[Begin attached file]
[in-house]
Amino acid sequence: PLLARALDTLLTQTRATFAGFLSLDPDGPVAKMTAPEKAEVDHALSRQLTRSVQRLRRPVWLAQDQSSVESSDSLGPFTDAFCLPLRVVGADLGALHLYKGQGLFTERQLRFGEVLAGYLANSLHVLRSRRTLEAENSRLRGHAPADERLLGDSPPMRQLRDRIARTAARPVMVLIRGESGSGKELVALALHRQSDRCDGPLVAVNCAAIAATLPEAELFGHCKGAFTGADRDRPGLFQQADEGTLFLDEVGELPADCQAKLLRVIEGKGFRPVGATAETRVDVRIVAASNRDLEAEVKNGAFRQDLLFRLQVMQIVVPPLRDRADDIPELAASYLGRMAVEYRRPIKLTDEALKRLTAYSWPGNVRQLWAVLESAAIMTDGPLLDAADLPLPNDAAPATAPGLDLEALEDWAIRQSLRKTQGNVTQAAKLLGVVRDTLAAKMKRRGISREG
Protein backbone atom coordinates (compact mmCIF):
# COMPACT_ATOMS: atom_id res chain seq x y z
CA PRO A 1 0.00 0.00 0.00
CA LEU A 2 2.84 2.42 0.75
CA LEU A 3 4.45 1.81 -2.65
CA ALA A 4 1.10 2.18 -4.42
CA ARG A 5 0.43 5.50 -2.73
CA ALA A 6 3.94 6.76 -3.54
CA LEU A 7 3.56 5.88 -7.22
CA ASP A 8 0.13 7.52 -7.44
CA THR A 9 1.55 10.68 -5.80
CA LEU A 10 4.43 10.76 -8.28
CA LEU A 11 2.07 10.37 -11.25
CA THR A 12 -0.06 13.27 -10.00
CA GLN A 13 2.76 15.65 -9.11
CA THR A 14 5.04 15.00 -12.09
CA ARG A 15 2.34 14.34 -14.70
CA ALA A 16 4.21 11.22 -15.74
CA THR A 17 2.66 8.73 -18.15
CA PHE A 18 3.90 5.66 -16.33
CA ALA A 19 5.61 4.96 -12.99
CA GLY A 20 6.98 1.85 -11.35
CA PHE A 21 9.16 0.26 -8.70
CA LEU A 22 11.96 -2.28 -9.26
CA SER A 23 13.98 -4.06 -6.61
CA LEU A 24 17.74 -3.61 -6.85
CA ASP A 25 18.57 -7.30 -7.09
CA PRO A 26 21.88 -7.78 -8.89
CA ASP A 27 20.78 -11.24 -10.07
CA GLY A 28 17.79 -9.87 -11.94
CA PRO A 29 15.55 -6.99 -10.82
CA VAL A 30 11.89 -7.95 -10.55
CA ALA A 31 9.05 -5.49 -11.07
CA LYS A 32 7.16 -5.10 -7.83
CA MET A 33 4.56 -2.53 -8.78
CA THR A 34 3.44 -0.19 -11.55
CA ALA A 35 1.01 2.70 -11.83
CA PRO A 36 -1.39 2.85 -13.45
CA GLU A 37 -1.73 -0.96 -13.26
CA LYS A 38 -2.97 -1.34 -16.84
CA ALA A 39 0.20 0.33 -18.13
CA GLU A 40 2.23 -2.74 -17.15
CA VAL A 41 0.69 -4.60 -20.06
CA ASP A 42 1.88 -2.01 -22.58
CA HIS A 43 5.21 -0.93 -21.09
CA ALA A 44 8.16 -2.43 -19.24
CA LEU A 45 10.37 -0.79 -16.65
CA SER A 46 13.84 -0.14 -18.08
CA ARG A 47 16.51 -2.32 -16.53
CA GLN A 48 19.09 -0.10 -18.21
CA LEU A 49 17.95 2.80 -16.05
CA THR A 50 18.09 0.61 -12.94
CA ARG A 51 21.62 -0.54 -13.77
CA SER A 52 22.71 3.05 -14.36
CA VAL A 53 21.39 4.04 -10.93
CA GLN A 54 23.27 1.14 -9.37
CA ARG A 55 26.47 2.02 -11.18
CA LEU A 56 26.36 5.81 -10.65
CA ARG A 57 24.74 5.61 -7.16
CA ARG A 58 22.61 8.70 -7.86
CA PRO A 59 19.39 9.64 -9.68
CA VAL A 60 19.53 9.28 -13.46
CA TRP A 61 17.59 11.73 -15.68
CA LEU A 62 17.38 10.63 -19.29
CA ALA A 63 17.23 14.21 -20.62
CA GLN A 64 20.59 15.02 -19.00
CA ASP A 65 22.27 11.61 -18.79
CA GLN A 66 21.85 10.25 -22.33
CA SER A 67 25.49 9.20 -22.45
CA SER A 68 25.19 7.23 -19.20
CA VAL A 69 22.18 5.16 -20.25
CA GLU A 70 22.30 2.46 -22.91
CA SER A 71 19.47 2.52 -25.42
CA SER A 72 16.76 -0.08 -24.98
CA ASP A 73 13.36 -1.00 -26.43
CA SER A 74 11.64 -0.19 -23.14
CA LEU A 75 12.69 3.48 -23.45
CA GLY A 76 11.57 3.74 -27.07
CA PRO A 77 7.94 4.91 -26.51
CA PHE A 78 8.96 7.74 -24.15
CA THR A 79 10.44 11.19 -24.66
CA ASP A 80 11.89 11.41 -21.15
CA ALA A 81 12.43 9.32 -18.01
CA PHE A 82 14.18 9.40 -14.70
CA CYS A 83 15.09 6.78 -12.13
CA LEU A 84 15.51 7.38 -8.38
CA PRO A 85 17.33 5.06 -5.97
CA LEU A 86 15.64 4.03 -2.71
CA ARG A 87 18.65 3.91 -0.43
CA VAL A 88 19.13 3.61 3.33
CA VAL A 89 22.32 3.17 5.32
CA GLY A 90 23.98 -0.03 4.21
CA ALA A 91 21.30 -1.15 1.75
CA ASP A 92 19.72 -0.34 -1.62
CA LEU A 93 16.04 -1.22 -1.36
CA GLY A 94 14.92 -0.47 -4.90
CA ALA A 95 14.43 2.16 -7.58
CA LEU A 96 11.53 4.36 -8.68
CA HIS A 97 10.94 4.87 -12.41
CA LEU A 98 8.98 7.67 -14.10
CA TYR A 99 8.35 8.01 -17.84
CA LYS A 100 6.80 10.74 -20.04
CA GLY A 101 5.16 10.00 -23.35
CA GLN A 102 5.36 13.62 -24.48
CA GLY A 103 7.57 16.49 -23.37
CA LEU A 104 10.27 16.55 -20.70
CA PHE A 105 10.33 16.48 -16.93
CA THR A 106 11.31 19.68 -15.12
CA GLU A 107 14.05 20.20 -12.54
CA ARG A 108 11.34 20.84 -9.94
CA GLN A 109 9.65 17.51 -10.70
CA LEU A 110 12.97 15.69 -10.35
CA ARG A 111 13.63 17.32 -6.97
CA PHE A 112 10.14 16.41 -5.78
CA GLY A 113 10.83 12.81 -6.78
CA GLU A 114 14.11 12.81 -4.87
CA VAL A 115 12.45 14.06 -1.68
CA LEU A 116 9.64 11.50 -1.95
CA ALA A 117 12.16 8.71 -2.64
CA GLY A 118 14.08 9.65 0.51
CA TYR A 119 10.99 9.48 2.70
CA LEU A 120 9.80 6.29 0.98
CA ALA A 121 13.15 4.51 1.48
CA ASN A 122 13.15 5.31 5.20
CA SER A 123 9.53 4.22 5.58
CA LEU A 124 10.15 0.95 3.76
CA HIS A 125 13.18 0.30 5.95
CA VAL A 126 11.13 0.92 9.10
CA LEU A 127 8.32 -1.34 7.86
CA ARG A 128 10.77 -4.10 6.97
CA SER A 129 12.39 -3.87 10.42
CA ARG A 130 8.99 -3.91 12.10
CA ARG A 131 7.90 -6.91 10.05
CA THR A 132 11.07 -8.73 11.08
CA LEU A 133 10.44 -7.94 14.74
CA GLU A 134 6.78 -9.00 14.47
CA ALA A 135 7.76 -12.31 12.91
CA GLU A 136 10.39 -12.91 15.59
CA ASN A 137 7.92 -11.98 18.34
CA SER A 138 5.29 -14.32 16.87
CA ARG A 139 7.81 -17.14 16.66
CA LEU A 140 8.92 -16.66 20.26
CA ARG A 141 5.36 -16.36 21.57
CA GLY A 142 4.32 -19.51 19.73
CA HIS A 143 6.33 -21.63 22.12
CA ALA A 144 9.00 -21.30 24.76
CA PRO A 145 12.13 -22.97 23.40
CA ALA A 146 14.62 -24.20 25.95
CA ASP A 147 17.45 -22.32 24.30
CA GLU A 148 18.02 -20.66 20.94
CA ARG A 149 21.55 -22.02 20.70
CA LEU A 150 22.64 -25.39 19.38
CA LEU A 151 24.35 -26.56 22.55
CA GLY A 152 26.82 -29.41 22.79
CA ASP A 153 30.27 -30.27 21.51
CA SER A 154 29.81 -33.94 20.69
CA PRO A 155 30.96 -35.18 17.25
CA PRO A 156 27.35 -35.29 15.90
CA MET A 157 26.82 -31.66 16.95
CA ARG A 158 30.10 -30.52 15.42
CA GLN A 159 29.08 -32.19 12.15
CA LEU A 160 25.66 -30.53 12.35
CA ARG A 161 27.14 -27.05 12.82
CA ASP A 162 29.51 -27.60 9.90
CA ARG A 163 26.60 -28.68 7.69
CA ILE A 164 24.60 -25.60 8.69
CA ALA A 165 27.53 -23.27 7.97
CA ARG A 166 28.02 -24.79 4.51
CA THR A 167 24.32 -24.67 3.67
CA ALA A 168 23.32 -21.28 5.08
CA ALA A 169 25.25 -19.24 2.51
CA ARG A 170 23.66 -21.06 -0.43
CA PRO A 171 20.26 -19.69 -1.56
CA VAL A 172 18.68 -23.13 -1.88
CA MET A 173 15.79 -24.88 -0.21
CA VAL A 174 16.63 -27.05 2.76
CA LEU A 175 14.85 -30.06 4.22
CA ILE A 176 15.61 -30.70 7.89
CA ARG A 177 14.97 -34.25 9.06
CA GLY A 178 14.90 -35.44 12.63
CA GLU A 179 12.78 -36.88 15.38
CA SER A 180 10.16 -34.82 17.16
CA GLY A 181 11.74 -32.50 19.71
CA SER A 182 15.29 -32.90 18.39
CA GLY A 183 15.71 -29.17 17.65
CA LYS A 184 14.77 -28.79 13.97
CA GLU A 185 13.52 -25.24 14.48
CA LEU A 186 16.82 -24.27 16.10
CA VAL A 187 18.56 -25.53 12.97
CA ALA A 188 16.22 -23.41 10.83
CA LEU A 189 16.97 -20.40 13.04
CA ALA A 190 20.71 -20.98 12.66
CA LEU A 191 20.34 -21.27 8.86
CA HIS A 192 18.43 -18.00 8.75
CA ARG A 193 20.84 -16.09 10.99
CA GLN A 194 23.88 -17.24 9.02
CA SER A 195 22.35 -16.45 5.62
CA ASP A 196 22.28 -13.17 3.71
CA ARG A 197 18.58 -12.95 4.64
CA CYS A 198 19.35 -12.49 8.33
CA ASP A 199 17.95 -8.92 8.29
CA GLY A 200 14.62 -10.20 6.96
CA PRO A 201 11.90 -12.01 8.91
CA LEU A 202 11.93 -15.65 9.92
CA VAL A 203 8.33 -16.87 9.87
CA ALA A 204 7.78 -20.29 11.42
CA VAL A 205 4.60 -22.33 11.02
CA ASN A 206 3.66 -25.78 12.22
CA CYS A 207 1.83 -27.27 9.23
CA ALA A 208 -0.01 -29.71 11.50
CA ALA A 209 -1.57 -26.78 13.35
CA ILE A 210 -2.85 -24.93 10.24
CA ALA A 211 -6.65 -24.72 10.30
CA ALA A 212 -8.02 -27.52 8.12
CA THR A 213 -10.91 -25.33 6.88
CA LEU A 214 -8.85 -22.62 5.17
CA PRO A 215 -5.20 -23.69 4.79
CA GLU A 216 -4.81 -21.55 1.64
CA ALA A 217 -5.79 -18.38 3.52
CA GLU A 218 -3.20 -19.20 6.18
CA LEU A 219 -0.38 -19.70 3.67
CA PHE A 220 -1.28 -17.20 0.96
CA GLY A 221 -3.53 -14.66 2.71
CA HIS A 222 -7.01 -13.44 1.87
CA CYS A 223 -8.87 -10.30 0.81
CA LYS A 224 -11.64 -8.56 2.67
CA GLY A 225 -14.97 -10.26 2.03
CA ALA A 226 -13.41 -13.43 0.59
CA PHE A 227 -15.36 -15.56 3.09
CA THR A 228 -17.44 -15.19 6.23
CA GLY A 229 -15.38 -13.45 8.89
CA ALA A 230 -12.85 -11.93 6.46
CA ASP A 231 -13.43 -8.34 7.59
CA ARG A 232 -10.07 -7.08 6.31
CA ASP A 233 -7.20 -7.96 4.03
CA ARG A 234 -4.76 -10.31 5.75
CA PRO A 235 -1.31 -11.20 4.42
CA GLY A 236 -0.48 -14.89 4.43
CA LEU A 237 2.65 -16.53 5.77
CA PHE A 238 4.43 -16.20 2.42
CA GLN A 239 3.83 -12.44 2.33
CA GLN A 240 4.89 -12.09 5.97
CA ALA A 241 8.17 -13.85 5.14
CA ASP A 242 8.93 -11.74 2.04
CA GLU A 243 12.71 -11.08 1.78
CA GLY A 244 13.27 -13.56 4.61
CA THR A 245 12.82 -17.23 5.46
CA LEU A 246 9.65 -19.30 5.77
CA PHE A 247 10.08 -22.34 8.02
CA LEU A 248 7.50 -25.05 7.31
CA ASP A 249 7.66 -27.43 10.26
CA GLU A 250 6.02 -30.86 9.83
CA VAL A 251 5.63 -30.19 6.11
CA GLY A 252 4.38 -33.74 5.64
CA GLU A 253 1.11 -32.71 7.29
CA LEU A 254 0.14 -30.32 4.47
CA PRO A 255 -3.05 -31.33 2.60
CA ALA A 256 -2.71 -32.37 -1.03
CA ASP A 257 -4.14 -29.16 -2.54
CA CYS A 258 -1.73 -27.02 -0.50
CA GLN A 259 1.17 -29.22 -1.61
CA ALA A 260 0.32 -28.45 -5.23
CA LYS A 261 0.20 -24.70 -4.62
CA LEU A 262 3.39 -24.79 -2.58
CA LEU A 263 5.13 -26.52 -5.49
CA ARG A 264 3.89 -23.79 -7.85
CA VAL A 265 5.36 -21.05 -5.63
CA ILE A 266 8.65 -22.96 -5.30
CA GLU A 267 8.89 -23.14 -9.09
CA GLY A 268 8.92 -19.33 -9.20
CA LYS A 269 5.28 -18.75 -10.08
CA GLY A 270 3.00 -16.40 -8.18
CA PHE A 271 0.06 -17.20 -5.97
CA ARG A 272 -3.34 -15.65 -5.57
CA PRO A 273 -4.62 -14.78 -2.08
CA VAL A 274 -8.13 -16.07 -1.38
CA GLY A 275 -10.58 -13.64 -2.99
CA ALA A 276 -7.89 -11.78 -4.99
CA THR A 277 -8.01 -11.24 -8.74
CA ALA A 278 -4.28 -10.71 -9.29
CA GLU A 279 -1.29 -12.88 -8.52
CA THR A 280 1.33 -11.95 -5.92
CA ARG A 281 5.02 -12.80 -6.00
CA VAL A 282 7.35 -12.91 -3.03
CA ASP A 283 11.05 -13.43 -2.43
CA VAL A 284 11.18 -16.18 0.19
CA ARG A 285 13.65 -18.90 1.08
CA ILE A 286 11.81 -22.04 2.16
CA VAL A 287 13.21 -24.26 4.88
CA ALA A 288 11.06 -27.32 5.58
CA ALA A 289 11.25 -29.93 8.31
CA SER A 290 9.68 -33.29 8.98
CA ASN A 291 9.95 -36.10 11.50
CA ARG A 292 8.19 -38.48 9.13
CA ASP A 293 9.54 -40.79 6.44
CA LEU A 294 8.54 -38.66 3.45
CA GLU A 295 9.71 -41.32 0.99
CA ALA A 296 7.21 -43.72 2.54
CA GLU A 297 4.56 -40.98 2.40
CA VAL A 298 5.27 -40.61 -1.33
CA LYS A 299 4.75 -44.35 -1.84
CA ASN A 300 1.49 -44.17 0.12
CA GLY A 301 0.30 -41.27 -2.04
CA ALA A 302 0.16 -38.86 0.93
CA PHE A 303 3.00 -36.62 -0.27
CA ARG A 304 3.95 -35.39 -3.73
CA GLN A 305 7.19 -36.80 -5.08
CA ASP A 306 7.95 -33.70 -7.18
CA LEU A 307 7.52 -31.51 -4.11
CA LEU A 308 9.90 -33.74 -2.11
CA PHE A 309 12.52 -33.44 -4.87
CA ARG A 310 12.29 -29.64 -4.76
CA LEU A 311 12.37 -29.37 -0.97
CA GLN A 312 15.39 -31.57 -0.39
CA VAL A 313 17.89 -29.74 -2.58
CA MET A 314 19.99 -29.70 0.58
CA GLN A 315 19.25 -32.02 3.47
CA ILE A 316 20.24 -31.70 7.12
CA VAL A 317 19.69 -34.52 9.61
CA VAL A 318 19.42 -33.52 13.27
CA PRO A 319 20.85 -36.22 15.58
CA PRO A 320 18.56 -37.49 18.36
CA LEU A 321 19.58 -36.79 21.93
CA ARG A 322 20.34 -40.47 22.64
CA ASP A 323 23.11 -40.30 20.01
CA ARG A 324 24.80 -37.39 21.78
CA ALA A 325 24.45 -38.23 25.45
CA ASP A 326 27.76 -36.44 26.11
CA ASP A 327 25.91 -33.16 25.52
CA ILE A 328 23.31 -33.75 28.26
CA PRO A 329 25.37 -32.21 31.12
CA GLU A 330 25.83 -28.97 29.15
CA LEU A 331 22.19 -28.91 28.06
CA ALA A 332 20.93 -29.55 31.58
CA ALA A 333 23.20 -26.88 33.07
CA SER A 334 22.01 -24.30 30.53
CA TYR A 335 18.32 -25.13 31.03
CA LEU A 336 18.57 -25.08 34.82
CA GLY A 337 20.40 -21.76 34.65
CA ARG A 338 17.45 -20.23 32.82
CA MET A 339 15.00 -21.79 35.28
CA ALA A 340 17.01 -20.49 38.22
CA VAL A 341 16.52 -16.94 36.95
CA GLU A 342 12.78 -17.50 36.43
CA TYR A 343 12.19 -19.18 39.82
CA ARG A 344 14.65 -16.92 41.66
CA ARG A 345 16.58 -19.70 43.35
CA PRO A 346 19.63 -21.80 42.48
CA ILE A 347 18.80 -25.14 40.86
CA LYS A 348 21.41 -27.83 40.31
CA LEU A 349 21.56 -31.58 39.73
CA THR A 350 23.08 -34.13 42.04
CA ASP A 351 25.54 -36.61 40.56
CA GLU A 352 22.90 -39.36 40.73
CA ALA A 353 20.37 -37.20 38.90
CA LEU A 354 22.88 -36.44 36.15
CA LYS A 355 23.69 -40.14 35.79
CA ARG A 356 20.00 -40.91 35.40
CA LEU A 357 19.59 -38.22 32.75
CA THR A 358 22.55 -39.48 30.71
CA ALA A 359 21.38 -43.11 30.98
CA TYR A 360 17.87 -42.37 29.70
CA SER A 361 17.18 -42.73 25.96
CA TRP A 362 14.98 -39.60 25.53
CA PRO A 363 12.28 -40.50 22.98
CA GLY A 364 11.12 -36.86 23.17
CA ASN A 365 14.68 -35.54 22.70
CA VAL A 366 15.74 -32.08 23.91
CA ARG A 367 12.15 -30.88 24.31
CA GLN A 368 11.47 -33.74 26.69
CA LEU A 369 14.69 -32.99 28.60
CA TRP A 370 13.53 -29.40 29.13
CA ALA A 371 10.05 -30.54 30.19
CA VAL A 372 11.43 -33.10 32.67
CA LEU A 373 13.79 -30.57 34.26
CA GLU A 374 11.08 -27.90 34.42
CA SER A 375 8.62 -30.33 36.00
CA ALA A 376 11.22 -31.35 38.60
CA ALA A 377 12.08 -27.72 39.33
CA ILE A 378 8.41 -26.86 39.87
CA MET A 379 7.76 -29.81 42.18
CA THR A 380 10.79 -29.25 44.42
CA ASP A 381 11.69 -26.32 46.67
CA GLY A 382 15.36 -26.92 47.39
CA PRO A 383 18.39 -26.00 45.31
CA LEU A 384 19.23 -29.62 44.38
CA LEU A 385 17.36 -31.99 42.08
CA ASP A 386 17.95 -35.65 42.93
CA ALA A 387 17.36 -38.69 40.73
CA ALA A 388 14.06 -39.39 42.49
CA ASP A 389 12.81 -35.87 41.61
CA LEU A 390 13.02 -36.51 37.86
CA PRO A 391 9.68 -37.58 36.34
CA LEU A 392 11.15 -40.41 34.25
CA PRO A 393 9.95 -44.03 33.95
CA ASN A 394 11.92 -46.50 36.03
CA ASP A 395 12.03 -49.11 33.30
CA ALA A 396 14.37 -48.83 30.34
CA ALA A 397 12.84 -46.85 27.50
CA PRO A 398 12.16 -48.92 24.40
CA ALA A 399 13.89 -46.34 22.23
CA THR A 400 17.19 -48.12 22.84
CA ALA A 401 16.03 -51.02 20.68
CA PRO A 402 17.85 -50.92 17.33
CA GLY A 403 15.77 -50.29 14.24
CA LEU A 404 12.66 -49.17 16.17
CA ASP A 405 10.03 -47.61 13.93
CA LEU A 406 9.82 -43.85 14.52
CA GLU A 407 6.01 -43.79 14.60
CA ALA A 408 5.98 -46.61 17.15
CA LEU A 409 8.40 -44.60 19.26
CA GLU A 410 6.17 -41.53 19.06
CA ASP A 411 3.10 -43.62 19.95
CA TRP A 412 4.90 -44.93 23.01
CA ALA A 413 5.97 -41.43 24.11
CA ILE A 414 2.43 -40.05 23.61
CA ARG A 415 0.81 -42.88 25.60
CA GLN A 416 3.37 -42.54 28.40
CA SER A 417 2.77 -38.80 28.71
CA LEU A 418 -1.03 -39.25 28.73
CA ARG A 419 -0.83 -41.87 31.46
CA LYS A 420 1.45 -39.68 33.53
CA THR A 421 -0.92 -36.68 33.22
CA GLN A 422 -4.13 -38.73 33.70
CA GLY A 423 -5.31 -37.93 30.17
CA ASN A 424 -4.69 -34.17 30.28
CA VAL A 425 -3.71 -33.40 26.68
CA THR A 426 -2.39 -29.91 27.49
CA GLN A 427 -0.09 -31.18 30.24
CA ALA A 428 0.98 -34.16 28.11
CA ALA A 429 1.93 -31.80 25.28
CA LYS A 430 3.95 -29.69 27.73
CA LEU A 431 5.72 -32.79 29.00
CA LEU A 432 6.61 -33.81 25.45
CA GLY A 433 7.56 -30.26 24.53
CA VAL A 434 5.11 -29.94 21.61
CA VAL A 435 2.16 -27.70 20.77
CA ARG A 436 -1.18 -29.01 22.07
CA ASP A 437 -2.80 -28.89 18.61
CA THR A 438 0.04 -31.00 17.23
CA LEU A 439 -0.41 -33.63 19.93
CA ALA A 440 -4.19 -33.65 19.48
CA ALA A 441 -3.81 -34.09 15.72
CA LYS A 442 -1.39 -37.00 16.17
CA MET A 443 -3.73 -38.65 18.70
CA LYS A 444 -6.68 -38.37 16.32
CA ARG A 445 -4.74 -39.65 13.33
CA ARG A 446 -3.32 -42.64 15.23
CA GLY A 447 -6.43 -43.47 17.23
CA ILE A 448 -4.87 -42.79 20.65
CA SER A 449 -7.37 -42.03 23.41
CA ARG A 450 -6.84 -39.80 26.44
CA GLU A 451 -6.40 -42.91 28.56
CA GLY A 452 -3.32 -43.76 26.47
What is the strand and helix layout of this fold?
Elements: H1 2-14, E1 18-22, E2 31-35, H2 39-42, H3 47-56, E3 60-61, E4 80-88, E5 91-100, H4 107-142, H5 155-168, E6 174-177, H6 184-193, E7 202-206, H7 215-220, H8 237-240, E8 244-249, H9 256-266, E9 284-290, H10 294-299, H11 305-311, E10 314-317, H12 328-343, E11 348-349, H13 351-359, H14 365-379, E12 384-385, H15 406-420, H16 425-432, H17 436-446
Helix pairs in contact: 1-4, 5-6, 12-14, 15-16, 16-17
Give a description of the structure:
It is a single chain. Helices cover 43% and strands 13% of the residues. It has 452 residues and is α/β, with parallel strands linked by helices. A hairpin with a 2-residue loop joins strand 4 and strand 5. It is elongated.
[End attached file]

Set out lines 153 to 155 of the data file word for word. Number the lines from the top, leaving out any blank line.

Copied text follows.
CA ARG A 149 21.55 -22.02 20.70
CA LEU A 150 22.64 -25.39 19.38
CA LEU A 151 24.35 -26.56 22.55